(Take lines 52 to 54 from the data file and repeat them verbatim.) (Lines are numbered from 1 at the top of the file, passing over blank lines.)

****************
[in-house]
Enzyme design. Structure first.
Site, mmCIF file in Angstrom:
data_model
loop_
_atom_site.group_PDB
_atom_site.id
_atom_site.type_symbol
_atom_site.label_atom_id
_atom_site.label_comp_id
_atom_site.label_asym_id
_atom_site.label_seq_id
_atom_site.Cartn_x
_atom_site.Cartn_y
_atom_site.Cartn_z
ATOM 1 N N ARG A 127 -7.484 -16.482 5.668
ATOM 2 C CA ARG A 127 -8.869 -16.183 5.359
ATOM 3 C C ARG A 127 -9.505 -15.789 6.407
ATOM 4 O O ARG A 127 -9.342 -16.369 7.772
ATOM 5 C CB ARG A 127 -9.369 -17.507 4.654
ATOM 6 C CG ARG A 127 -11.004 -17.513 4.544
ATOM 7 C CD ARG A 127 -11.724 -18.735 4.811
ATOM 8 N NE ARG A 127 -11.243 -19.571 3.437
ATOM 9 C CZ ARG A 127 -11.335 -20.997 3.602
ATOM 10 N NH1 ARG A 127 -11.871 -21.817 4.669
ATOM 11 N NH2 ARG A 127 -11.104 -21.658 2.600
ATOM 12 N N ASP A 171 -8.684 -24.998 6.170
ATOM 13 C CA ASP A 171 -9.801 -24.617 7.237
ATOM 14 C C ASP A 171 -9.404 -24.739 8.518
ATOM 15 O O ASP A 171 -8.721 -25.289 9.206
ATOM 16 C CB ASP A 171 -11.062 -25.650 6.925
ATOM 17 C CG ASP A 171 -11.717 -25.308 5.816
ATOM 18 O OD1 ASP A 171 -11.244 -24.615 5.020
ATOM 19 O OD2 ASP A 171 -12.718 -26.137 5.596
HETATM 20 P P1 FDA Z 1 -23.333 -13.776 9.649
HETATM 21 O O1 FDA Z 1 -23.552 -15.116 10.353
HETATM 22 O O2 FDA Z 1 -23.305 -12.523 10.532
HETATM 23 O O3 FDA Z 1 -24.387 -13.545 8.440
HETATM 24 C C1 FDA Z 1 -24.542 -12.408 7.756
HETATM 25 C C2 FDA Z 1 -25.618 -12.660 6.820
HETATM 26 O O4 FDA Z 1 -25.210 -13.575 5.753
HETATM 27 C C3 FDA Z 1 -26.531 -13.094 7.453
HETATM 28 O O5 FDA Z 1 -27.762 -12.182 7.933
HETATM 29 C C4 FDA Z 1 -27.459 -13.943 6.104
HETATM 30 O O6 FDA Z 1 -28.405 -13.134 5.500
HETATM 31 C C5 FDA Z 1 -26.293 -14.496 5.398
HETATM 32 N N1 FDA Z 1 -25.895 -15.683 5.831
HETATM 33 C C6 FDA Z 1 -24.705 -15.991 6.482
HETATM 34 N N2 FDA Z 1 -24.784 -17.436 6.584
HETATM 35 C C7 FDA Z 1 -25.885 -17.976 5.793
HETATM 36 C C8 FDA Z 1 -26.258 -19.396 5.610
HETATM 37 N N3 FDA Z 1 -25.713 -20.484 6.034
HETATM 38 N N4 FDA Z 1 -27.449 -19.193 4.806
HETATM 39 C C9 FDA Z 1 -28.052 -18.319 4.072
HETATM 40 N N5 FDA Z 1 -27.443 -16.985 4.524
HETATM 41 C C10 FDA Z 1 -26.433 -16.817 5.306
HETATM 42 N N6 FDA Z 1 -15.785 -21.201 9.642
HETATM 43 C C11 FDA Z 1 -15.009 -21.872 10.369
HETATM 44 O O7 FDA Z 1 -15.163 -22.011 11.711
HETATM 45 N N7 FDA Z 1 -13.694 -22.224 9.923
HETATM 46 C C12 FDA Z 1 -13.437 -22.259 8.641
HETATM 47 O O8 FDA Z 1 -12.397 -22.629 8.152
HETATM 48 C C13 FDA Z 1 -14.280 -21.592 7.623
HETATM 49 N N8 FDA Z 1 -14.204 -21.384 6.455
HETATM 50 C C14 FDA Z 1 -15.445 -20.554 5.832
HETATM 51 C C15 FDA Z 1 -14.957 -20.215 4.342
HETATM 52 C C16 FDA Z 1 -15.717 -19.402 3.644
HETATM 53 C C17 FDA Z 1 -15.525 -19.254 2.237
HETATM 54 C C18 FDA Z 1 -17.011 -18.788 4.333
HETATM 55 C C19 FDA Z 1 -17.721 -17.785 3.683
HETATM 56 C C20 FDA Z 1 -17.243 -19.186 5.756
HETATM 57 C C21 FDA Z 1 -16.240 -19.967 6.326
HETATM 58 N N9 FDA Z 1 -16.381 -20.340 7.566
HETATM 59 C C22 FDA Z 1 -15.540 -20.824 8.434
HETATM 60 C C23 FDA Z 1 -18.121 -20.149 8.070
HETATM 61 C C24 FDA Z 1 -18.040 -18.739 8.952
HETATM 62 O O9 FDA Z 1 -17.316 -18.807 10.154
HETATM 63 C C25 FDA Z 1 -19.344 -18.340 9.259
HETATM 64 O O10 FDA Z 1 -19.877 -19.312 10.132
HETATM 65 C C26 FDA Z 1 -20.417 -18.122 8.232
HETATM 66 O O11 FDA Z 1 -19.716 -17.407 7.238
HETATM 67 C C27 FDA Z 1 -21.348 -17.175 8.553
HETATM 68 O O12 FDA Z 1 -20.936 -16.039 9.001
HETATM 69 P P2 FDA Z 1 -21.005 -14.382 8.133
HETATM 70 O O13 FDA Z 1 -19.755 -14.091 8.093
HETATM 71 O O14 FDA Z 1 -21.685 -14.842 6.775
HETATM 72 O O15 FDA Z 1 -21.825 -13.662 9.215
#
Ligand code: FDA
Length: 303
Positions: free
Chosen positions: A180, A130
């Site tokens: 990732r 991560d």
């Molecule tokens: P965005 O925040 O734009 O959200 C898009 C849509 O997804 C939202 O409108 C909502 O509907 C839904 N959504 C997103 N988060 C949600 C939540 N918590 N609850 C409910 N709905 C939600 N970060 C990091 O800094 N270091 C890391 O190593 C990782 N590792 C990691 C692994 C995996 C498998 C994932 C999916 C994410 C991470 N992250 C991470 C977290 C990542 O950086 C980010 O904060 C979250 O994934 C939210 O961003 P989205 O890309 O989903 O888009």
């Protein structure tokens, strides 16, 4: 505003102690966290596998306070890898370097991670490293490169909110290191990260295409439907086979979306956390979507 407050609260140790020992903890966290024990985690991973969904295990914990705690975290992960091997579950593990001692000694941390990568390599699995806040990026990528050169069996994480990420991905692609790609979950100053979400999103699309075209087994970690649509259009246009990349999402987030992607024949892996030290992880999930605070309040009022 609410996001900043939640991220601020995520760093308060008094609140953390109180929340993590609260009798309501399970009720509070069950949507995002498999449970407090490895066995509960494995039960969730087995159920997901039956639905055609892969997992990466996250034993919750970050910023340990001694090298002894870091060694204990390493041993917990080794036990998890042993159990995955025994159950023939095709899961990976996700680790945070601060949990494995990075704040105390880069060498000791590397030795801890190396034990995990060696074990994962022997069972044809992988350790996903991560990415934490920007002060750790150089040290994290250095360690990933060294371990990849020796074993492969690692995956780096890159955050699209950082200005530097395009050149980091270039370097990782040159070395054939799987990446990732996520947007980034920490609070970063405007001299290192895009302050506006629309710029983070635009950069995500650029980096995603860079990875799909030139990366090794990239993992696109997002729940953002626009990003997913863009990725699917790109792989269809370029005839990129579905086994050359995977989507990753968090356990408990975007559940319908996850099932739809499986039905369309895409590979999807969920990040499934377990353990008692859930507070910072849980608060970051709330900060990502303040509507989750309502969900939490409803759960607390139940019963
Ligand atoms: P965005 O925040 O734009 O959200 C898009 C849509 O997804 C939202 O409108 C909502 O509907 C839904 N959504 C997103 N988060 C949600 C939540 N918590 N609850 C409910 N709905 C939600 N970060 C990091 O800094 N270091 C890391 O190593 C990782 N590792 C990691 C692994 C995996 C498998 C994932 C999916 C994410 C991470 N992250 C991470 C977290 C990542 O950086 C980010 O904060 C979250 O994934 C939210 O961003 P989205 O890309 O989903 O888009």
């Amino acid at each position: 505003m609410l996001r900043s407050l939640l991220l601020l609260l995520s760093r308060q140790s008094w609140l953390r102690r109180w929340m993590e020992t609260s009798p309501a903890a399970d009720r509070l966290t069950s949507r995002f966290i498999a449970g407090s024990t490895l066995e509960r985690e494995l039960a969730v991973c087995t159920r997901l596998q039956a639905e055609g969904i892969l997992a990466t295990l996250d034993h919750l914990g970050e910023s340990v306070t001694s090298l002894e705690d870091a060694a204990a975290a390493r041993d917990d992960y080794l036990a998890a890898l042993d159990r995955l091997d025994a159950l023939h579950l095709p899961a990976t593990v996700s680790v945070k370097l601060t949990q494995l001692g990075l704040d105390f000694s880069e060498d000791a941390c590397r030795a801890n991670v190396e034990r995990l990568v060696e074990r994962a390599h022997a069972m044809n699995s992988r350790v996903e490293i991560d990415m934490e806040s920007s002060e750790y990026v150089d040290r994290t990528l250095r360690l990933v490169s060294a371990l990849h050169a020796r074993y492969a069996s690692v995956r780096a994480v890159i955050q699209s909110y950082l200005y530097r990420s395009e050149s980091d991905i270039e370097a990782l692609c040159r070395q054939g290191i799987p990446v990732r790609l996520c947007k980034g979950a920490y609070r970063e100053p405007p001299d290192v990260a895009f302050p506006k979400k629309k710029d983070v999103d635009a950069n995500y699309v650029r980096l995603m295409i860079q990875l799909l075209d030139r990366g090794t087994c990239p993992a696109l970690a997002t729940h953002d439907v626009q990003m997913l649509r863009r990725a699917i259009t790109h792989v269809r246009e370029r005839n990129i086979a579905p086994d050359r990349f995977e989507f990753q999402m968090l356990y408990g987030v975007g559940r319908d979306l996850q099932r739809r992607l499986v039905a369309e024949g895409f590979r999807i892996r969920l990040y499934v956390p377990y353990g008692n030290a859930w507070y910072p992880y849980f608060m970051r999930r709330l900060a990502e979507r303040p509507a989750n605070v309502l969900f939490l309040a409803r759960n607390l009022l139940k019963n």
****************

HETATM 37 N N3 FDA Z 1 -25.713 -20.484 6.034
HETATM 38 N N4 FDA Z 1 -27.449 -19.193 4.806
HETATM 39 C C9 FDA Z 1 -28.052 -18.319 4.072